Everything about Mrs. Buchanan was no-nonsense. Her silvery blond hair was coiffed into a perfectly wispy helmet, likely the result of a weekly wash and set. If there was a threat of rain, she would proudly don a clear plastic rain bonnet to protect her investment as she walked through the parking lot to her spotless, waxed gold Buick. She wore small reading glasses that she kept on a golden chain hanging around her neck. When not needed for reading, those glasses rested on her formidable bosoms, unmovable in their WWII-era underpinnings, meant to withstand a bombing with nary a jiggle. Smart, neutral sweater sets paired with polyester blend pants and sensible flats provided her with a uniform that was both comfortable and the height of appropriateness. She was there to do a job. Not to make friends, or to waste time, or to collect a paycheck for doing the bare minimum, and, heavens above, not to merely babysit.

“Class, today you will have a substitute teacher, Mrs. Buchanan.”
All together now: “UUUUGGGHHHHHH.”

So, of course, this house must belong to another set of Buchanans. A cousin, perhaps? There was just no way that that Mrs. Buchanan could live in this lovely house full of goodness and light. It was like seeing the Wicked Witch of the West wearing Glinda the Good Witch’s dress. It was all wrong.

My mother was still talking. “Oh, you know them. Mrs. Buchanan. She used to be a school teacher when I was your age. I think someone at the church told me she’s a substitute now. Couldn’t stand being retired…”

Nooooooooooooooooooo. How could this be??? Mrs. Buchanan (a.ka. Mrs. ButtCannon; kids can be so clever in their mean-ness) was the force behind this lovely home of sunshine and buttercups? You’re telling me that the woman who used wooden rulers to paddle little hands came home to relax with a tall glass of sweet iced tea on that breezy screened porch? The same stoic lady I saw stand like a stalwart captain behind my teacher’s desk by day also stood gazing out the window with the delicate white curtains patterned with sweet little yellow flowers washing dishes by night?

As a child, I could not possibly reconcile the two. So, I blocked this knowledge out of my brain. I didn’t tell any of my friends that I knew where she lived. I stopped looking at the house when we passed it in the car. I don’t know why, but it felt like some sort of betrayal. My imagined story for this place had been shattered by cold, hard truth.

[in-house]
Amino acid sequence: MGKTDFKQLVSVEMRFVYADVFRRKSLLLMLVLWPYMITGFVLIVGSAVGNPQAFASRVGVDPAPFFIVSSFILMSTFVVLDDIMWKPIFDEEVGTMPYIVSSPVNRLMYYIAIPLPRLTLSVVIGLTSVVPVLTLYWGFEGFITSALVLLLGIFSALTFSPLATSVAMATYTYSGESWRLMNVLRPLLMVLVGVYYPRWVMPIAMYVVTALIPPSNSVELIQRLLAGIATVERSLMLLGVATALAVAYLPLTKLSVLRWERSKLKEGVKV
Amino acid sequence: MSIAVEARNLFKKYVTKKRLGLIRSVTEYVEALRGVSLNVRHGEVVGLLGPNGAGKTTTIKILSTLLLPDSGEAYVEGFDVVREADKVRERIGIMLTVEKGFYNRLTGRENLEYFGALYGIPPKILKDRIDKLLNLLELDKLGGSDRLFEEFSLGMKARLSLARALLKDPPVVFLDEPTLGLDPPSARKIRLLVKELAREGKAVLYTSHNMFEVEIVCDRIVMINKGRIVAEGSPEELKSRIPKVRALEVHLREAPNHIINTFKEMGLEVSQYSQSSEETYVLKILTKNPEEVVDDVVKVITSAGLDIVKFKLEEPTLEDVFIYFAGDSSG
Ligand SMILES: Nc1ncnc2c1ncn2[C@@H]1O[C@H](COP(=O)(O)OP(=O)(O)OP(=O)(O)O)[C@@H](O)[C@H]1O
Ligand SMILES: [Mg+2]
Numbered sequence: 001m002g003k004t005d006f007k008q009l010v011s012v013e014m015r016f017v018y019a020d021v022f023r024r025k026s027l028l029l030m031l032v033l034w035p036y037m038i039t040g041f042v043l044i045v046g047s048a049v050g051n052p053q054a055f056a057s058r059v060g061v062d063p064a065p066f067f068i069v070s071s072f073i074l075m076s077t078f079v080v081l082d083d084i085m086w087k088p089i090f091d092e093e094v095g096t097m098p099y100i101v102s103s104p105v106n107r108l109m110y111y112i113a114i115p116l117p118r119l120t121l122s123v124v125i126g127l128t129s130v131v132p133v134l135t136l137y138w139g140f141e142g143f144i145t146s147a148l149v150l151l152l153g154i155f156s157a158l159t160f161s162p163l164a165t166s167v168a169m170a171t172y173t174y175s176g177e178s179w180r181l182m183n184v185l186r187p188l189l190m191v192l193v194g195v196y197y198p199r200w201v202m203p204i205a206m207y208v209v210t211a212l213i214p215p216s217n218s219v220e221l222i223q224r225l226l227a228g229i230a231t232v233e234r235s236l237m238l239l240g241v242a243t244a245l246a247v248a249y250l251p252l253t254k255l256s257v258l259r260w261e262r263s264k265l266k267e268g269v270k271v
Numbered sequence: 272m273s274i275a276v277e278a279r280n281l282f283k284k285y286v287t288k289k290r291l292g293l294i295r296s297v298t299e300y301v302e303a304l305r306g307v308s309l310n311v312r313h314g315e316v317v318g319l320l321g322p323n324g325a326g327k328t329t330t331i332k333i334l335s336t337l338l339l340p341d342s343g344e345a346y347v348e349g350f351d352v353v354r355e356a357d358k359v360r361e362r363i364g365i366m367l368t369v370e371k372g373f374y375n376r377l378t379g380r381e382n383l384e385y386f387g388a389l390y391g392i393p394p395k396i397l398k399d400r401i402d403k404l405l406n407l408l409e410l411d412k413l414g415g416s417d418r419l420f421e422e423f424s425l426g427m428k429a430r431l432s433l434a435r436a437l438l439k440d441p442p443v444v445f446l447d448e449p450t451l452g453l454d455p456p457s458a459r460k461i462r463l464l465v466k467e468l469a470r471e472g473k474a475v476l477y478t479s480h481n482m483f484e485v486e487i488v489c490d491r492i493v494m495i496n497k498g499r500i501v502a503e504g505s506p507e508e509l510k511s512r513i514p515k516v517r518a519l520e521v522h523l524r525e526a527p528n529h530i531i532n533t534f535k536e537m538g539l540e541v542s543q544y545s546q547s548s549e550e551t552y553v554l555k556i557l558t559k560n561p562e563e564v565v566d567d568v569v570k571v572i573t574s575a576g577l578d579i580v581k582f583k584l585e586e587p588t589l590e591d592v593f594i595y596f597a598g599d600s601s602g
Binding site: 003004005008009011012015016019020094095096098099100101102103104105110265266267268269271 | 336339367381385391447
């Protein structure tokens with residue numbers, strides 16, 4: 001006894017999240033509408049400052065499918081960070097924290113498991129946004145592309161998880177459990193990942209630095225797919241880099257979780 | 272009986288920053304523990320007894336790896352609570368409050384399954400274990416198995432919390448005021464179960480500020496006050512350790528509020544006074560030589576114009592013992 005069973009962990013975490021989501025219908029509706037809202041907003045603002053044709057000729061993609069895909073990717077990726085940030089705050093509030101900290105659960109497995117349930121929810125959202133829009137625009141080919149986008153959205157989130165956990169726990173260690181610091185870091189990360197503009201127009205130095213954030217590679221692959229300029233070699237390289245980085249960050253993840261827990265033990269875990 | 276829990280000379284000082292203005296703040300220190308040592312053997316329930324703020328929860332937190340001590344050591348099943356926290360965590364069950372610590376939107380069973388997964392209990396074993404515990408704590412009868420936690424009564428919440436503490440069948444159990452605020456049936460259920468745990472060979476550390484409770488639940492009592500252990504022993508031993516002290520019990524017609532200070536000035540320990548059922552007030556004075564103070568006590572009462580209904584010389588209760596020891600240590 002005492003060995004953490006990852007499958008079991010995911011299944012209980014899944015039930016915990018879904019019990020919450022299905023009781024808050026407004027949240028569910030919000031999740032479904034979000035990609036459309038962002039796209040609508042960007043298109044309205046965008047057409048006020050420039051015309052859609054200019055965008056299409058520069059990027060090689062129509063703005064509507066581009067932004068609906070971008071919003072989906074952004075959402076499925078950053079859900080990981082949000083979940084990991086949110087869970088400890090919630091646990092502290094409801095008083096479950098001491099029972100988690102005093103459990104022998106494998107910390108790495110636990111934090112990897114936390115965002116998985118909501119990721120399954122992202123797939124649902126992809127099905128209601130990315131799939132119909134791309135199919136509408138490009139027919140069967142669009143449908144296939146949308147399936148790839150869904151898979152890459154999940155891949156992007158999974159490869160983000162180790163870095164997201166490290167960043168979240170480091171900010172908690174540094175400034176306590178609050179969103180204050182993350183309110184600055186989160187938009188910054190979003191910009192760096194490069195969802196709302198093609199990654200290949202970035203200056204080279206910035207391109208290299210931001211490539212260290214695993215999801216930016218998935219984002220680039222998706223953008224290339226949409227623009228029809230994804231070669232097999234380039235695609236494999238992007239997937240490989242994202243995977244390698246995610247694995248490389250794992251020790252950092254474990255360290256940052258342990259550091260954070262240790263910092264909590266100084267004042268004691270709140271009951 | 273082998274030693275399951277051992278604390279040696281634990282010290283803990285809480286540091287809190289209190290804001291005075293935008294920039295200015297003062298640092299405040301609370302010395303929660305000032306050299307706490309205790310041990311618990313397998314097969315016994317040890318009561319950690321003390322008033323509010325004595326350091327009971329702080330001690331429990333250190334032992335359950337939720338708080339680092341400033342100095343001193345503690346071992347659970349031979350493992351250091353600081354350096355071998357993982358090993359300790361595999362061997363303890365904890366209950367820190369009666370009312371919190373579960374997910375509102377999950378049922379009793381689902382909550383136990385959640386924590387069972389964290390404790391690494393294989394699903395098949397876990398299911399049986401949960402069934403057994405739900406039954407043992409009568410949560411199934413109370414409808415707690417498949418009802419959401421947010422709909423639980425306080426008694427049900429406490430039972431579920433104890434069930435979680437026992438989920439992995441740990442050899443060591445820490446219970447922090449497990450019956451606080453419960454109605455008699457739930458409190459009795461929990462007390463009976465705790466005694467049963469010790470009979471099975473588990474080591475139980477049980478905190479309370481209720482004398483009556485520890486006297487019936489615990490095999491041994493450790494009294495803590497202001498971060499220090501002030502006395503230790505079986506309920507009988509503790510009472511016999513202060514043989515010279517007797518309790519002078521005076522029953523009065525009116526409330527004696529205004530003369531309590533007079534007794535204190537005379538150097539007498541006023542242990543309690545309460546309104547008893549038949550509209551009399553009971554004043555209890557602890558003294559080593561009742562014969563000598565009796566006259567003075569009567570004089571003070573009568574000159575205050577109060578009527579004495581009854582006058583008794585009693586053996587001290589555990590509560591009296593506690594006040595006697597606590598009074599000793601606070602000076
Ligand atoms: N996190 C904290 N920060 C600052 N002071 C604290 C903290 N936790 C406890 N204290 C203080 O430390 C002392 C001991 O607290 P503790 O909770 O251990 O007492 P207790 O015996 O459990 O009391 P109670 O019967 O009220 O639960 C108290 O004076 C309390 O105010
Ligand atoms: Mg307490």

As an adult, however, it makes complete sense. The perfect home doesn’t just happen. You either have a full staff at your disposal, or you have to be a no-nonsense battleax to stay on top of the never-ending tasks. You have to have a Mr. Buchanan who will take orders. And you have to be willing to work. HARD.

Mrs. Buchanan, who was old even when my mother was young, has long since passed away. I think I was in college when I heard the news, and it made me sad. Meanie or not, she made an indelible mark on my childhood, and I think I always knew that deep down she had a soft heart. She showed her caring through discipline, not coddling. And there was always the case of that lovely home. A beautiful and welcoming space can only come from a beautiful and welcoming soul. She might have hidden it from us crass kids, but to those she kept close, she was surely a loving person.

Homes carry the character of those who inhabit them, and once Mrs. Buchanan left us, the home began to pass away, too. I see it often when I go to visit my mother, and I’m usually disappointed to see how it has deteriorated. The once cheerful yellow has taken on a very tired, almost sickly hue, and all the bright white trim paint is peeling and flaking away. The lawn is full of weeds and almost always in need of a trim. I can sometimes see people relaxing on the screened porch, but I also see that the ceiling fan blades are wilted from humidity, and the screen is torn and stretched out in places. Someone must have decided that the traffic-stopping maple was indeed too much trouble; all that remains of it is a ground-level stump.